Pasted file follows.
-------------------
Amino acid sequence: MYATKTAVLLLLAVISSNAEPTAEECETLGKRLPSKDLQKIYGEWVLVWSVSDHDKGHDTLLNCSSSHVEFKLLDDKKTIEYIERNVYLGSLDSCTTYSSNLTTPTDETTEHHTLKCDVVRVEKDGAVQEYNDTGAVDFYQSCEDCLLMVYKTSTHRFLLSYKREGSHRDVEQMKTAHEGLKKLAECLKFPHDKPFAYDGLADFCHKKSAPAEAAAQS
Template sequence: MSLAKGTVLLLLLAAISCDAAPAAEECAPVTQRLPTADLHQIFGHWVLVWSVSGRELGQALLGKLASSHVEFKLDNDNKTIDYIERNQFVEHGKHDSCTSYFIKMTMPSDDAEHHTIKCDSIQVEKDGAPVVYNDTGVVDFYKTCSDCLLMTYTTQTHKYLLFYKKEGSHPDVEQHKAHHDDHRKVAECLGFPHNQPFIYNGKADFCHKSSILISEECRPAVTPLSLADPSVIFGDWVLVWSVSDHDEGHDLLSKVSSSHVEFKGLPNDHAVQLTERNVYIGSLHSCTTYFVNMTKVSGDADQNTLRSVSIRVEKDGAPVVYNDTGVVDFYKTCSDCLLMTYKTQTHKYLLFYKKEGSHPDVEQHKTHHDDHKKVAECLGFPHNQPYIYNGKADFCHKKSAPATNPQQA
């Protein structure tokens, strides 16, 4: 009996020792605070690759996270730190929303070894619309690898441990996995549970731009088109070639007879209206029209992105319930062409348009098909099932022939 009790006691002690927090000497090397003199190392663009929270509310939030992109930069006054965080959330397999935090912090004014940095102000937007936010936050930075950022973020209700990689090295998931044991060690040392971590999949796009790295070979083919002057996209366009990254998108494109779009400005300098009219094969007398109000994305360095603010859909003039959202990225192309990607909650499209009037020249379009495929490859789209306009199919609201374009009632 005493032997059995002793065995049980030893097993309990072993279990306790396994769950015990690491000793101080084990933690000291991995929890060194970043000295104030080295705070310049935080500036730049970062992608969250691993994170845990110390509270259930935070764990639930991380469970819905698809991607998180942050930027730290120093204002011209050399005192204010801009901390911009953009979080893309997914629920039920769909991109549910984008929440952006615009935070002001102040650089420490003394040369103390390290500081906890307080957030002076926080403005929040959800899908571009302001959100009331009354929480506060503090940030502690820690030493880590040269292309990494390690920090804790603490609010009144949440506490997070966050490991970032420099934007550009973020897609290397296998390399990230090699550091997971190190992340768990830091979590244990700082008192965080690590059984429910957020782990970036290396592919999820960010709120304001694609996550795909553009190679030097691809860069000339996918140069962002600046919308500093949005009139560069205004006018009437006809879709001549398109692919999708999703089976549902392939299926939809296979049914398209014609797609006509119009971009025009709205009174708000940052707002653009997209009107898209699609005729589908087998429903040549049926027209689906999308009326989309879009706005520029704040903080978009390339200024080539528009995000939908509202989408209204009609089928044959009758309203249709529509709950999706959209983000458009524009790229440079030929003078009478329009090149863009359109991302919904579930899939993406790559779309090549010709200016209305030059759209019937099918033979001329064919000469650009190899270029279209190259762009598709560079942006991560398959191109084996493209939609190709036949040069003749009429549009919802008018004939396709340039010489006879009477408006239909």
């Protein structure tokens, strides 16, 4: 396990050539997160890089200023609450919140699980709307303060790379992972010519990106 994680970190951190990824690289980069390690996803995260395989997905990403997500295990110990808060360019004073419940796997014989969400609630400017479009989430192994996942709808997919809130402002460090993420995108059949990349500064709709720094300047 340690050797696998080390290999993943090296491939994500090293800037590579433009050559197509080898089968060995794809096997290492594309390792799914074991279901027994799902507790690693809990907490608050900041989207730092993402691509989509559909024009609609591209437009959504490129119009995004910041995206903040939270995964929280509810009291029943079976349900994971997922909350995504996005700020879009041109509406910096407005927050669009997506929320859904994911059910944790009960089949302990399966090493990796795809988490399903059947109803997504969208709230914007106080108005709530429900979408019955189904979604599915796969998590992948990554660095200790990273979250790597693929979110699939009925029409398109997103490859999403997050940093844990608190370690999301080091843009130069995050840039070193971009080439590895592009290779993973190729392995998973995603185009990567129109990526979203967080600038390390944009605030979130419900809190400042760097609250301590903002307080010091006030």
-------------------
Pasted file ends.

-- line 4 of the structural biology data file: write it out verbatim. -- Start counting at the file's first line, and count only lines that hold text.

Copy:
């Protein structure tokens, strides 16, 4: 396990050539997160890089200023609450919140699980709307303060790379992972010519990106 994680970190951190990824690289980069390690996803995260395989997905990403997500295990110990808060360019004073419940796997014989969400609630400017479009989430192994996942709808997919809130402002460090993420995108059949990349500064709709720094300047 340690050797696998080390290999993943090296491939994500090293800037590579433009050559197509080898089968060995794809096997290492594309390792799914074991279901027994799902507790690693809990907490608050900041989207730092993402691509989509559909024009609609591209437009959504490129119009995004910041995206903040939270995964929280509810009291029943079976349900994971997922909350995504996005700020879009041109509406910096407005927050669009997506929320859904994911059910944790009960089949302990399966090493990796795809988490399903059947109803997504969208709230914007106080108005709530429900979408019955189904979604599915796969998590992948990554660095200790990273979250790597693929979110699939009925029409398109997103490859999403997050940093844990608190370690999301080091843009130069995050840039070193971009080439590895592009290779993973190729392995998973995603185009990567129109990526979203967080600038390390944009605030979130419900809190400042760097609250301590903002307080010091006030």